3. Click-through rate

What is the click-through rate in email marketing?

The click-through rate is likely the most looked at metric in email marketing, a key performance indicator in all the senses of the word. 

The click-through rate represents the percentage of people that clicked on one or more links in the email that you sent them. 

In other words, CTR showcases the engagement level of your audience with the message that you’ve sent. This is vital and can serve as an indicator of how the factors that make or break a campaign - such as copy, visuals and timing - are performing.

How do you calculate the click-through rate?

To calculate the click-through rate of an email blast, you have to divide the total number of clicks by the number of sent emails, and then multiply the resulting number by 100.


For example, if you’ve sent 100 emails and received 14 clicks, your click-through rate for that campaign would stand at 14% using the formula above.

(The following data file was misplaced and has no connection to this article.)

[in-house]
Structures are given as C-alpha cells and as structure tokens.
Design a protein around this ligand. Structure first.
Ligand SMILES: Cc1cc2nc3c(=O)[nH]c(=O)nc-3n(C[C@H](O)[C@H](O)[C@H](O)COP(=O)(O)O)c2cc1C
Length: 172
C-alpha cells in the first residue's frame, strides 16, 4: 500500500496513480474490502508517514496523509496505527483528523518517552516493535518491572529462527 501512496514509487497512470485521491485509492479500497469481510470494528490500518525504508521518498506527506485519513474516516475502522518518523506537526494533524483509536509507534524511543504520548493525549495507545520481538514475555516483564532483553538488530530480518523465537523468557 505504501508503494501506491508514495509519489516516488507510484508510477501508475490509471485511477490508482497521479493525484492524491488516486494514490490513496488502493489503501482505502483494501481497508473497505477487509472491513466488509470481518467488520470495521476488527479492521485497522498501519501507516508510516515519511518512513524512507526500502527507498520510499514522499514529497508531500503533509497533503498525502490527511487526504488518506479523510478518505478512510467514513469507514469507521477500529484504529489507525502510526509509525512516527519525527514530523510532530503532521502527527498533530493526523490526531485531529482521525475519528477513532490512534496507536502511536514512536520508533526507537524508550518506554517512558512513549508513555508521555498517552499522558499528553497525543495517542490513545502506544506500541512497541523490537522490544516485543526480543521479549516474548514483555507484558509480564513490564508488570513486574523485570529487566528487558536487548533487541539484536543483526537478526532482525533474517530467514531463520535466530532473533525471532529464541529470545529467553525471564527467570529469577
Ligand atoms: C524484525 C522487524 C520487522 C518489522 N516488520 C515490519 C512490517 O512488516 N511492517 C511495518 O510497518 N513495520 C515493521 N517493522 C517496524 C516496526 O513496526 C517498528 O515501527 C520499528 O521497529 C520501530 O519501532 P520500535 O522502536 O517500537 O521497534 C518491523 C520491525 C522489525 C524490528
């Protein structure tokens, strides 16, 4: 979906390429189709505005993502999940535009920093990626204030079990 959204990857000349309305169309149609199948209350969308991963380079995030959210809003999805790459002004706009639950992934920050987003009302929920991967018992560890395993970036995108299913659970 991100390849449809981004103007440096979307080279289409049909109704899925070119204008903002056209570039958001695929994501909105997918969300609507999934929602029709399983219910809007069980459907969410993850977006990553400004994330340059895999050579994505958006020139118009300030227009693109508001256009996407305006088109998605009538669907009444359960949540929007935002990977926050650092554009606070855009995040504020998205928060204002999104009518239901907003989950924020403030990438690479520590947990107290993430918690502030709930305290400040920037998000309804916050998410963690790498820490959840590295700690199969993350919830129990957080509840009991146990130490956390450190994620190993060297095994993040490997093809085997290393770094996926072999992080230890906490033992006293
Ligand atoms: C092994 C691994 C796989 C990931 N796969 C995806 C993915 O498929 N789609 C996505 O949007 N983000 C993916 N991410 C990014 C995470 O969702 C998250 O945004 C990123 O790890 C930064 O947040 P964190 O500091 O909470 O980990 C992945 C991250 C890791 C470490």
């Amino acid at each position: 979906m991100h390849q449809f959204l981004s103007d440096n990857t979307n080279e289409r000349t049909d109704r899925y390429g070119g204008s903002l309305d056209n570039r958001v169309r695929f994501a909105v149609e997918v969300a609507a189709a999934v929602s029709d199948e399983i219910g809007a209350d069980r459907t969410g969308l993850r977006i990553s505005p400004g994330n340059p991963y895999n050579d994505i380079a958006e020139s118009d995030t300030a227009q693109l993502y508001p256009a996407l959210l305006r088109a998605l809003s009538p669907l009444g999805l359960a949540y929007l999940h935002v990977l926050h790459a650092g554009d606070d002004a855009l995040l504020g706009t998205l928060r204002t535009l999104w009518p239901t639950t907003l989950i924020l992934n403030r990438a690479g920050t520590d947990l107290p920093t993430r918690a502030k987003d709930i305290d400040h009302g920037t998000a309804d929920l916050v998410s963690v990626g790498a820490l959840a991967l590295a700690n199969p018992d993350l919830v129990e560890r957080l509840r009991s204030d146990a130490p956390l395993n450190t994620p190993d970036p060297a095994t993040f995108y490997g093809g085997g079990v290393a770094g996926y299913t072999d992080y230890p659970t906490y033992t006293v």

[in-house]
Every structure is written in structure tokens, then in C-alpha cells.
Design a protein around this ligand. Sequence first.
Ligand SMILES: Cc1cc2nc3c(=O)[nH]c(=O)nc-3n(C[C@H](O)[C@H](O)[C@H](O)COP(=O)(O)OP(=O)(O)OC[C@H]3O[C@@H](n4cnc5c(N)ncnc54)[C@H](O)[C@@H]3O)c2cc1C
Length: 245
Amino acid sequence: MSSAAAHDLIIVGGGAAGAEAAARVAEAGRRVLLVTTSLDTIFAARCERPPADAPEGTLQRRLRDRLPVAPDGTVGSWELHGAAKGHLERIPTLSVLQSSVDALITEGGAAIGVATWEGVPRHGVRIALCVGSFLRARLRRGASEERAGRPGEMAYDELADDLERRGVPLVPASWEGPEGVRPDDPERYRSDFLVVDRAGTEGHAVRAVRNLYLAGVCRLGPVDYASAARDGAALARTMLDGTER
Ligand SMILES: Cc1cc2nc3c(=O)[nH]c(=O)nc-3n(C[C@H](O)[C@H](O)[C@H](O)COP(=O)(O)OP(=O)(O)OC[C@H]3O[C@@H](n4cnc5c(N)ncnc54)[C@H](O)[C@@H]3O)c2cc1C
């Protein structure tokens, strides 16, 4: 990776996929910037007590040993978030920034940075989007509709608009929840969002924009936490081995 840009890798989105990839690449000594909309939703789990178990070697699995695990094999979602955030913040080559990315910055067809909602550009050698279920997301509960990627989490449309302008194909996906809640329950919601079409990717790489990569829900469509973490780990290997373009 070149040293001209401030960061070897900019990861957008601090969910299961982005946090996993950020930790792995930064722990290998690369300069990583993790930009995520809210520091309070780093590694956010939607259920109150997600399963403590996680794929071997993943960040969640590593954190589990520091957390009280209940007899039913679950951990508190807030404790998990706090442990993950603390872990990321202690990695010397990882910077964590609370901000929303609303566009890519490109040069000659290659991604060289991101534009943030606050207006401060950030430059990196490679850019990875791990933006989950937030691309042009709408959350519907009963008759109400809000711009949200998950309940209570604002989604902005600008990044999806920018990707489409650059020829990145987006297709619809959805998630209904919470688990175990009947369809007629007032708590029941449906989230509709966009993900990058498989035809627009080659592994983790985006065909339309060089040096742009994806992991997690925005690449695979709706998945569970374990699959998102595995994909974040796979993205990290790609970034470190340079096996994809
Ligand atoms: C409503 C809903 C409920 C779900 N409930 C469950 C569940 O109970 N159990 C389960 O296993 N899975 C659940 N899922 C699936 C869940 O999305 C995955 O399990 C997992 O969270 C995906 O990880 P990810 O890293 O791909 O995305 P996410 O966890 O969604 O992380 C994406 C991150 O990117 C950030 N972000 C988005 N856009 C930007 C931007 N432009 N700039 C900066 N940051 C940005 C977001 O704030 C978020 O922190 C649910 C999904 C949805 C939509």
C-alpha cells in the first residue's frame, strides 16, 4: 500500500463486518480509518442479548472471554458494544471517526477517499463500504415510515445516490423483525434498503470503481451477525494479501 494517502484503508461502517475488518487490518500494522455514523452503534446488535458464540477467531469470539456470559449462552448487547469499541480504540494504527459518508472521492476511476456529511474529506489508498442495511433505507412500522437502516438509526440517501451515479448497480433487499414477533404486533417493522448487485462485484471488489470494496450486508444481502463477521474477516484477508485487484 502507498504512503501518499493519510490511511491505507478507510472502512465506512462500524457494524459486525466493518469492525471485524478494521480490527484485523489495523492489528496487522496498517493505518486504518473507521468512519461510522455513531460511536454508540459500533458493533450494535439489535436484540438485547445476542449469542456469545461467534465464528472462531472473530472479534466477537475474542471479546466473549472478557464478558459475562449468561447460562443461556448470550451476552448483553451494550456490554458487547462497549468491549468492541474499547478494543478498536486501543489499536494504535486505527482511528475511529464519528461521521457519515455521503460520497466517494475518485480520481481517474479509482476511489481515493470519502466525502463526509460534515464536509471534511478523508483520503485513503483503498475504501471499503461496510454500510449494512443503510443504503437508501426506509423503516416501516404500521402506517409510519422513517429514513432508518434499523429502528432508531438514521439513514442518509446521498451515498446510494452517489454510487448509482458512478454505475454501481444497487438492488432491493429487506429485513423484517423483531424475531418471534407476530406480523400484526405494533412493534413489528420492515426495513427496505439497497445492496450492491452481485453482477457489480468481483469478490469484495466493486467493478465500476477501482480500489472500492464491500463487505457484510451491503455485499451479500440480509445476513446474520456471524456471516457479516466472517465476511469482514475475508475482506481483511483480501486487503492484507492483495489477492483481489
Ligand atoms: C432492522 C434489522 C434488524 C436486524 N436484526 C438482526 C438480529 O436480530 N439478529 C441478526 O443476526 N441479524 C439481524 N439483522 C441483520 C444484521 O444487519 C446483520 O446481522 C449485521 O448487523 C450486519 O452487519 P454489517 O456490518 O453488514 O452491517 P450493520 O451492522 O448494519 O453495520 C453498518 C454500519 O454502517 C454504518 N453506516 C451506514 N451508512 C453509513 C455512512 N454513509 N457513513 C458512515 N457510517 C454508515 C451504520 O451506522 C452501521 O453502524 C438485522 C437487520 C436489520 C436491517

A common mistake when measuring CTR is to divide the number of clicks by the number of opened emails (instead of sent emails). 

Doing this will result in higher CTR figures, but we believe that it also paints a sketchy picture of campaign performance, so make sure you get it right! 

Why does it matter?

Along with conversions, CTR is the metric that will determine the success of your campaigns, as it shows how enticing these are to drive users to click on the content (and offerings) you’re promoting.

If your email content proves “highly clickable” and eventually converts a lot, you’ll be looking at success in email marketing.

4. Conversion rate

What is the conversion rate?

Conversions are the most important metric in email marketing. A conversion is a goal being fulfilled, and conversion rates ultimately determine the success of a campaign.

So, what does “conversion rate” stand for?